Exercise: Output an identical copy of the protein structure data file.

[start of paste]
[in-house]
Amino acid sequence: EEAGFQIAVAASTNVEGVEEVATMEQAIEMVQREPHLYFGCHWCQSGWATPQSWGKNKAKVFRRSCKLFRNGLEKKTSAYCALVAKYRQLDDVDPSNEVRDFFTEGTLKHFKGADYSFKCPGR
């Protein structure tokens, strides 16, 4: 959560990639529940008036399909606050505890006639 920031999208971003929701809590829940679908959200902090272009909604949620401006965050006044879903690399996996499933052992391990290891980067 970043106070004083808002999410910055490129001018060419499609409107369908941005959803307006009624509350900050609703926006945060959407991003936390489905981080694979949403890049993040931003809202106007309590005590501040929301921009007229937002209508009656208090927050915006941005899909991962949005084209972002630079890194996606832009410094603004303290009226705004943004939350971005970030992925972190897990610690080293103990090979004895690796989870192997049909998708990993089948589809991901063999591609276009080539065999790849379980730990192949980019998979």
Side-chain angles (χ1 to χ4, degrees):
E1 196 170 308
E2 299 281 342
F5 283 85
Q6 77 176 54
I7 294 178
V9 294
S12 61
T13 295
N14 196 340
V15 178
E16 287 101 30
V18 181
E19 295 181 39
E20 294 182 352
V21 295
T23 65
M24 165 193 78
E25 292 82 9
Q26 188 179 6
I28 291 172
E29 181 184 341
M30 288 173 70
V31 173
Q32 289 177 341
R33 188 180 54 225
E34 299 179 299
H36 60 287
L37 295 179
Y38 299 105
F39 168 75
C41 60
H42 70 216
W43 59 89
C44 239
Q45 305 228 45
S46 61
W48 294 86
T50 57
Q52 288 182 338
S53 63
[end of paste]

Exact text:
[in-house]
Amino acid sequence: EEAGFQIAVAASTNVEGVEEVATMEQAIEMVQREPHLYFGCHWCQSGWATPQSWGKNKAKVFRRSCKLFRNGLEKKTSAYCALVAKYRQLDDVDPSNEVRDFFTEGTLKHFKGADYSFKCPGR
């Protein structure tokens, strides 16, 4: 959560990639529940008036399909606050505890006639 920031999208971003929701809590829940679908959200902090272009909604949620401006965050006044879903690399996996499933052992391990290891980067 970043106070004083808002999410910055490129001018060419499609409107369908941005959803307006009624509350900050609703926006945060959407991003936390489905981080694979949403890049993040931003809202106007309590005590501040929301921009007229937002209508009656208090927050915006941005899909991962949005084209972002630079890194996606832009410094603004303290009226705004943004939350971005970030992925972190897990610690080293103990090979004895690796989870192997049909998708990993089948589809991901063999591609276009080539065999790849379980730990192949980019998979």
Side-chain angles (χ1 to χ4, degrees):
E1 196 170 308
E2 299 281 342
F5 283 85
Q6 77 176 54
I7 294 178
V9 294
S12 61
T13 295
N14 196 340
V15 178
E16 287 101 30
V18 181
E19 295 181 39
E20 294 182 352
V21 295
T23 65
M24 165 193 78
E25 292 82 9
Q26 188 179 6
I28 291 172
E29 181 184 341
M30 288 173 70
V31 173
Q32 289 177 341
R33 188 180 54 225
E34 299 179 299
H36 60 287
L37 295 179
Y38 299 105
F39 168 75
C41 60
H42 70 216
W43 59 89
C44 239
Q45 305 228 45
S46 61
W48 294 86
T50 57
Q52 288 182 338
S53 63